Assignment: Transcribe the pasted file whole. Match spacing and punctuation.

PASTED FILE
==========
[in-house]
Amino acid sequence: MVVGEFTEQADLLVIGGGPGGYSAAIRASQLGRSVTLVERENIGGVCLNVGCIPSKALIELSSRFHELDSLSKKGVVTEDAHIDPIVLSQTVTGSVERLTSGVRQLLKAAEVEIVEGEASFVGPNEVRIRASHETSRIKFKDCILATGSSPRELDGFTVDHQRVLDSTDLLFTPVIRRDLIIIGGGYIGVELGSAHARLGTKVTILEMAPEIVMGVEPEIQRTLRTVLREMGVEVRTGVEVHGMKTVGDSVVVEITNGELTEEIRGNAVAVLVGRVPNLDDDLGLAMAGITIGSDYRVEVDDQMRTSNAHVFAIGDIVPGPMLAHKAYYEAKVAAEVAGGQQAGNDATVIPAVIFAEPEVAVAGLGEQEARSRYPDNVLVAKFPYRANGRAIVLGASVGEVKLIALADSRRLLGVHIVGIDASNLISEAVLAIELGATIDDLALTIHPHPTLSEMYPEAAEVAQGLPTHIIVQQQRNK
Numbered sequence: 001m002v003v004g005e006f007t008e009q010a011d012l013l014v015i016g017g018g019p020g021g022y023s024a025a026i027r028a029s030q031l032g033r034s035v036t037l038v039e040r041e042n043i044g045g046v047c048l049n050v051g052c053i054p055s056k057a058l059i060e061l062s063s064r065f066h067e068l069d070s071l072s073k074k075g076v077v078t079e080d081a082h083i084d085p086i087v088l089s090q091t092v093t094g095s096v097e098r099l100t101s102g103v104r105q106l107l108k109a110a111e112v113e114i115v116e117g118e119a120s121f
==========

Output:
[in-house]
Amino acid sequence: MVVGEFTEQADLLVIGGGPGGYSAAIRASQLGRSVTLVERENIGGVCLNVGCIPSKALIELSSRFHELDSLSKKGVVTEDAHIDPIVLSQTVTGSVERLTSGVRQLLKAAEVEIVEGEASFVGPNEVRIRASHETSRIKFKDCILATGSSPRELDGFTVDHQRVLDSTDLLFTPVIRRDLIIIGGGYIGVELGSAHARLGTKVTILEMAPEIVMGVEPEIQRTLRTVLREMGVEVRTGVEVHGMKTVGDSVVVEITNGELTEEIRGNAVAVLVGRVPNLDDDLGLAMAGITIGSDYRVEVDDQMRTSNAHVFAIGDIVPGPMLAHKAYYEAKVAAEVAGGQQAGNDATVIPAVIFAEPEVAVAGLGEQEARSRYPDNVLVAKFPYRANGRAIVLGASVGEVKLIALADSRRLLGVHIVGIDASNLISEAVLAIELGATIDDLALTIHPHPTLSEMYPEAAEVAQGLPTHIIVQQQRNK
Numbered sequence: 001m002v003v004g005e006f007t008e009q010a011d012l013l014v015i016g017g018g019p020g021g022y023s024a025a026i027r028a029s030q031l032g033r034s035v036t037l038v039e040r041e042n043i044g045g046v047c048l049n050v051g052c053i054p055s056k057a058l059i060e061l062s063s064r065f066h067e068l069d070s071l072s073k074k075g076v077v078t079e080d081a082h083i084d085p086i087v088l089s090q091t092v093t094g095s096v097e098r099l100t101s102g103v104r105q106l107l108k109a110a111e112v113e114i115v116e117g118e119a120s121f